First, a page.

The first winery in the Mendocino Ridge AVA was Greenwood Ridge Vineyards, founded in 1980.  Pinot Noir plantings here are the oldest on the Mendocino Ridge.  Other Pinot Noir vineyards include Perli Vineyard, Sky High Vineyard, and Manchester Ridge Vineyard (see photo).  Wineries producing Pinot Noir from the Mendocino Ridge appellation include Arista, Auteur, B. Kosugi, Baxter Winery, Drew, Ferrari-Carano, J. Jacaman, Marguerite Ryan Cellars, Phillips Hill Estates and Tandem.  I have had spectacular Pinot Noirs from several vineyards and producers in this AVA.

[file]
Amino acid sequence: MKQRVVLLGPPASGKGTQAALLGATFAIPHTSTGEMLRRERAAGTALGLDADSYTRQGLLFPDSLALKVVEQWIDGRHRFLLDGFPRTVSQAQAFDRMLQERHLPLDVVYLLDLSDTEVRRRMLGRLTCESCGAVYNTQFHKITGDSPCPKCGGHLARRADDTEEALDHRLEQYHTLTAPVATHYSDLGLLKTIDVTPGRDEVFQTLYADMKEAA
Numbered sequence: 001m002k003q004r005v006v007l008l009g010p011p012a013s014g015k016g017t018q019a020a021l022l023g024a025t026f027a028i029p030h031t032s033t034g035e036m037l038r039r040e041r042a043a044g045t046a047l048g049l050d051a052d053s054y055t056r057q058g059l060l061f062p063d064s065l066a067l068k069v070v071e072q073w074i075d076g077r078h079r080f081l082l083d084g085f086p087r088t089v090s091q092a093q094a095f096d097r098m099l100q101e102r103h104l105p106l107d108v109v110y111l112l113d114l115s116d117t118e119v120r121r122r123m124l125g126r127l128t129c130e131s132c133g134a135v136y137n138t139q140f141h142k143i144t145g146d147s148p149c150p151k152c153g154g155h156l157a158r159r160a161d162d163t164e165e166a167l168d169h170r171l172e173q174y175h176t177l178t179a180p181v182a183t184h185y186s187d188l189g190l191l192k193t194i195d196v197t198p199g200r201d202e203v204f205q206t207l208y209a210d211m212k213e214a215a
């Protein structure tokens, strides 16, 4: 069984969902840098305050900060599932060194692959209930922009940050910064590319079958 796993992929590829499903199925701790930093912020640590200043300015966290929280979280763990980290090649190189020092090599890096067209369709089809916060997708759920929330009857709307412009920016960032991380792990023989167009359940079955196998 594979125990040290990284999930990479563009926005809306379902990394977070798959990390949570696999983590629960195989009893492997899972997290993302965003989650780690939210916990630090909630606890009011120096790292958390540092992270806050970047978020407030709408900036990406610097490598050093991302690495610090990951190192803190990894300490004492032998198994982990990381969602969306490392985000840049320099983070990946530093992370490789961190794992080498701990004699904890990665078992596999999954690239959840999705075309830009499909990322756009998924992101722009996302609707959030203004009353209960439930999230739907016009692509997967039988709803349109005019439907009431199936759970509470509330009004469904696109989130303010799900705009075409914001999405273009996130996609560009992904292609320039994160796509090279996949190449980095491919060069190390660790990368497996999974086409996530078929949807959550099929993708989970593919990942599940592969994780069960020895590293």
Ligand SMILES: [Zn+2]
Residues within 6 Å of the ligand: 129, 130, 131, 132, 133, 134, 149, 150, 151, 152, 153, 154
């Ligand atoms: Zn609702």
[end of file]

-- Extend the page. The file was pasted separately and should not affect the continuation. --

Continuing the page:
2006 B. Kosuge Wines Manchester Ridge Mendocino Pinot Noir try to find this wine...
14.5% alc., 300 cases, $40.  Byron Kosuge is a Pinot Noir and Syrah specialist who was the former winemaker at Saintsbury. 
A potpourri of scents including brambly cherries, candied apples, exotic woods, vanillin and winter spices.  Mouth-filling dusty red cherries that are nicely spiced with a subtle complement of oak.  The wine is velvety in texture with integrated tannins and a good acid cut.  A complete wine with excellence balance and length.  Is there an App for this?